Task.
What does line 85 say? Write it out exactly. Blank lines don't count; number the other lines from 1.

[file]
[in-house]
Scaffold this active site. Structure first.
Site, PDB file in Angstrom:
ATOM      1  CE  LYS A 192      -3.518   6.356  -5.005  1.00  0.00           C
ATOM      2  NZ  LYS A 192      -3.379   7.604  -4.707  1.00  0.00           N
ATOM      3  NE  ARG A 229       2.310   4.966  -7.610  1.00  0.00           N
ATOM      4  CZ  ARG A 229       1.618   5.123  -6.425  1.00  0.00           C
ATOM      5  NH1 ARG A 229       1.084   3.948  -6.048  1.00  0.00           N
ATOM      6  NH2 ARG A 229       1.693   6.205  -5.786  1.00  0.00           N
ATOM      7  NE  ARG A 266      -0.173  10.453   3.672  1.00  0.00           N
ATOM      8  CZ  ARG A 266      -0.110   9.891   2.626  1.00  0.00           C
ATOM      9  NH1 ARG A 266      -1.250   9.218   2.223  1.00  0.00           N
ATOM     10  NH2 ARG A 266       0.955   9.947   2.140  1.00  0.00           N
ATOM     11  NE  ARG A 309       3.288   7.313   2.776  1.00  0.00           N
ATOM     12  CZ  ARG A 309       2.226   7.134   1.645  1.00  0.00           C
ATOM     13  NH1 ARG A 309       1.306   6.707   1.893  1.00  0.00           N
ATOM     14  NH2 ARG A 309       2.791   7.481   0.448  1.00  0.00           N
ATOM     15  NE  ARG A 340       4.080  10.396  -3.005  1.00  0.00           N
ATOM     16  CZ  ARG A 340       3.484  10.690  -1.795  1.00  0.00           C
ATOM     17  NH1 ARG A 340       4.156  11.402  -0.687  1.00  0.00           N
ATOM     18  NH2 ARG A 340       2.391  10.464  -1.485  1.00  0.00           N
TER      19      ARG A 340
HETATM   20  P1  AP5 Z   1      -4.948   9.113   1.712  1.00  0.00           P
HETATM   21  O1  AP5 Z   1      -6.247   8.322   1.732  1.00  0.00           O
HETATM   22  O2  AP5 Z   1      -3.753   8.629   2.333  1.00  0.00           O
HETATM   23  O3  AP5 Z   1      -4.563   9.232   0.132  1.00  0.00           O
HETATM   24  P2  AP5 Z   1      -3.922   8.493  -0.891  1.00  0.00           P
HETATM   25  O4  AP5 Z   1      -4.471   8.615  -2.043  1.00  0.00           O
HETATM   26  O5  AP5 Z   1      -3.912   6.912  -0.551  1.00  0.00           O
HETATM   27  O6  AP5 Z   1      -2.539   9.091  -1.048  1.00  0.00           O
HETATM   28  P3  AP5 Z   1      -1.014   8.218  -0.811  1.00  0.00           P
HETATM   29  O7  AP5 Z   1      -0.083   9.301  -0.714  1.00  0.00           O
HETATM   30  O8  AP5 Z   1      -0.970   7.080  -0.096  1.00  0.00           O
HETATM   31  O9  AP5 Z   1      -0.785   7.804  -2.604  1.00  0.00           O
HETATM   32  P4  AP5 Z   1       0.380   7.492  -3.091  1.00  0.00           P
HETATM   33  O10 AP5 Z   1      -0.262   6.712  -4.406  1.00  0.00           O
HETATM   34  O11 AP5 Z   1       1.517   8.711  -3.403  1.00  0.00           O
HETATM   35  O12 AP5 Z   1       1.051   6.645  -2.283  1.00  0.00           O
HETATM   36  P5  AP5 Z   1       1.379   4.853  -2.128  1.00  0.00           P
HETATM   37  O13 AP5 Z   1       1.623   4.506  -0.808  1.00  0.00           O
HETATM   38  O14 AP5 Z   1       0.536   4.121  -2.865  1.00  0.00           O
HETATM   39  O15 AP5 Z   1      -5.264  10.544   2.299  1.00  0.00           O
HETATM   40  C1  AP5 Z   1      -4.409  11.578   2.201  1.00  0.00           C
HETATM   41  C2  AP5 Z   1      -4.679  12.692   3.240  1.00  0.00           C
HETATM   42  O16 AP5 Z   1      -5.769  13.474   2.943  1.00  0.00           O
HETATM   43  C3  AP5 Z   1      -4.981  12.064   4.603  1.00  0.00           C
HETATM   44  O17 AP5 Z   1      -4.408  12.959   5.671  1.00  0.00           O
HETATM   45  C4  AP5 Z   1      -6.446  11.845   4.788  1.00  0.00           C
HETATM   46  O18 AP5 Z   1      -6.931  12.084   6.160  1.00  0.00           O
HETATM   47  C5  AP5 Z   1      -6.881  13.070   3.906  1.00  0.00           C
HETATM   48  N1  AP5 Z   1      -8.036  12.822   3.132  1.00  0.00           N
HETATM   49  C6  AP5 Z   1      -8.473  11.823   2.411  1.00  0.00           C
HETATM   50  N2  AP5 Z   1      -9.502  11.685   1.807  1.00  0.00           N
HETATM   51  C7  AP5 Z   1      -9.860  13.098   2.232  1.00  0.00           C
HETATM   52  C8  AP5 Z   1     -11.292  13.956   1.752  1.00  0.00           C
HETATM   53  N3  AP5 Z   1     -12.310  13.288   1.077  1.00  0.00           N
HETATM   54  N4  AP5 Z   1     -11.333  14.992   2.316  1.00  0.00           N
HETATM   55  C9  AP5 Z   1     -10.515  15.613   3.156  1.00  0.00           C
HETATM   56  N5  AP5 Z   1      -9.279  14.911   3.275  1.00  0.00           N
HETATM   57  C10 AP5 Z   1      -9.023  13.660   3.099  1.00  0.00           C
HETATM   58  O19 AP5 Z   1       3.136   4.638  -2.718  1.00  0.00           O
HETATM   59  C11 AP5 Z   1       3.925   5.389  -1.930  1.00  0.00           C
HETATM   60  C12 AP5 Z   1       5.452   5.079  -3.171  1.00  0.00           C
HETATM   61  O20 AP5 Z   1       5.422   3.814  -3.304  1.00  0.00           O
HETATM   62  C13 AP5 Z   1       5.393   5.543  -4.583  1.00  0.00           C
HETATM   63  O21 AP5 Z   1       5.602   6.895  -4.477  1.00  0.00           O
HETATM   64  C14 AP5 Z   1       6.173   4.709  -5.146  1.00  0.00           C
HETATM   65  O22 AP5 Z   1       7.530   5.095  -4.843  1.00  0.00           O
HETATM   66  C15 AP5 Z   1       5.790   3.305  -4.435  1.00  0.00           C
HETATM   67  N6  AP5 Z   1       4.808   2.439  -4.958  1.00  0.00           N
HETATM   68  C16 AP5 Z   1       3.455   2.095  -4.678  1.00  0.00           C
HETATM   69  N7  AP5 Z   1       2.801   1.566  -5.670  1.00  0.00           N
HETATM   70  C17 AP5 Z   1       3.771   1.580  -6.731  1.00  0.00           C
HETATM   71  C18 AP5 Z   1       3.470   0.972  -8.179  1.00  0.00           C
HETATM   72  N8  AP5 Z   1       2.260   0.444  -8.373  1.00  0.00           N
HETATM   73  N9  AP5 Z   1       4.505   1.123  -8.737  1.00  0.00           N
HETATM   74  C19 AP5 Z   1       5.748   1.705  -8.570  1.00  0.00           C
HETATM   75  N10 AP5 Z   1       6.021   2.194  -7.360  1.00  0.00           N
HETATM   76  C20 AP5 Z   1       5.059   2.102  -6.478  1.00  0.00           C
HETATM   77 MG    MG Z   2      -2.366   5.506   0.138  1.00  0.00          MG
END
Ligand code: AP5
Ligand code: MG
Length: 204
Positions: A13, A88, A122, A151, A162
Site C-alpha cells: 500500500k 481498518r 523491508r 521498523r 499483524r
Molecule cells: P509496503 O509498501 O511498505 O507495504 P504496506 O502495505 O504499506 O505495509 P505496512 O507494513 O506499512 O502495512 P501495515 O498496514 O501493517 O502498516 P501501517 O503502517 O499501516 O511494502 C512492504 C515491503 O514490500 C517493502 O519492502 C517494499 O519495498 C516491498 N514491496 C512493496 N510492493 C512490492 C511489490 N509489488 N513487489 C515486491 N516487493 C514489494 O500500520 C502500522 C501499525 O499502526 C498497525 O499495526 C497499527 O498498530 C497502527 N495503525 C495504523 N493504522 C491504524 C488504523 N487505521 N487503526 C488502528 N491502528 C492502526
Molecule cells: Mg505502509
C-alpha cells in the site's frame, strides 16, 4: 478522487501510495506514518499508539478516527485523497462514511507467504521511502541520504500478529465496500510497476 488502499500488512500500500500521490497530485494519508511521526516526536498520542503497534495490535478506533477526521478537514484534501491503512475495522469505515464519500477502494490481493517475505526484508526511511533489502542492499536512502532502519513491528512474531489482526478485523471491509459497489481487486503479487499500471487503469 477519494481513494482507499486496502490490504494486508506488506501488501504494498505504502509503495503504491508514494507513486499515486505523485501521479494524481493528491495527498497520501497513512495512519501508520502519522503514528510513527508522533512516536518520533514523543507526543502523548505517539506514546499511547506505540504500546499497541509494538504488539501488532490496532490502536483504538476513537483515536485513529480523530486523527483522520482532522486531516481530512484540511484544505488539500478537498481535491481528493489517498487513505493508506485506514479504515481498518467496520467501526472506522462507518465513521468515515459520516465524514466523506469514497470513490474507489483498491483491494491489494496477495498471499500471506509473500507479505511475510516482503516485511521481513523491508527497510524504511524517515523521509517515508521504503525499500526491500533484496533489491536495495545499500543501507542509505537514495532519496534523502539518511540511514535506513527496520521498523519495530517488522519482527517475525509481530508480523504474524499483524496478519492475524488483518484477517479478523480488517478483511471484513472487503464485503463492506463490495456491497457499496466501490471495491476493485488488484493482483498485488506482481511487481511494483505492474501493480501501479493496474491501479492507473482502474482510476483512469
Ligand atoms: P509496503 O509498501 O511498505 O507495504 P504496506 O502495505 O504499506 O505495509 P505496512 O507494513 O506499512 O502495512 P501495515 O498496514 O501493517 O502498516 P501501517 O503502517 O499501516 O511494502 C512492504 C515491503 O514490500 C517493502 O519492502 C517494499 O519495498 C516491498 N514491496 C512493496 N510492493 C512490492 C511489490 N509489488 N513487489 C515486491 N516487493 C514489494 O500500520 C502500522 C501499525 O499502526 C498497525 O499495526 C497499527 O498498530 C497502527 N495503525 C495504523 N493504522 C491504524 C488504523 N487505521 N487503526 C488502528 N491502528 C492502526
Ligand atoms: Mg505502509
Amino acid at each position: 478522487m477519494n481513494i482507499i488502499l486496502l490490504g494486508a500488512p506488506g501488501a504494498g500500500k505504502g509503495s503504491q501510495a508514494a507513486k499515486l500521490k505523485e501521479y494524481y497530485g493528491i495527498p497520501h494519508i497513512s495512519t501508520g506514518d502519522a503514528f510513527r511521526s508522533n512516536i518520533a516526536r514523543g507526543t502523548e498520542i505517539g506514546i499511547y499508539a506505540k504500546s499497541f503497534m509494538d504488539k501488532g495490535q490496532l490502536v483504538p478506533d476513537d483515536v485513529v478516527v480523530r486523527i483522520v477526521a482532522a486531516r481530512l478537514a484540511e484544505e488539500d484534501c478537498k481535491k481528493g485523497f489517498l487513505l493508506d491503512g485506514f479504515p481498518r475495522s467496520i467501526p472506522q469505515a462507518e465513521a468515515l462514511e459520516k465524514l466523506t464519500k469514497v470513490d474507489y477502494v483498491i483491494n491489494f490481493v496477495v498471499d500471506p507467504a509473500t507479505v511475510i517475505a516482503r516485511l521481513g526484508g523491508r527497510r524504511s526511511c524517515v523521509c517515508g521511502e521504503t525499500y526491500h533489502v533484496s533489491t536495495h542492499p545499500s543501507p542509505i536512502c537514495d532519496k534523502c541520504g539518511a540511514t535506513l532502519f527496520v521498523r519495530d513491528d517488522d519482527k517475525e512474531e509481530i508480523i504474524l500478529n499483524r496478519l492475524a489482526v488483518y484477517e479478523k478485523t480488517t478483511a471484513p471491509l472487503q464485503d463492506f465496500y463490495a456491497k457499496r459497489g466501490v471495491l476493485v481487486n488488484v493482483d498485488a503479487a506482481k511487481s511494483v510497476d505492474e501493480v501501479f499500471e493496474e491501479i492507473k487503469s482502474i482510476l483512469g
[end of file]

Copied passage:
Positions: A13, A88, A122, A151, A162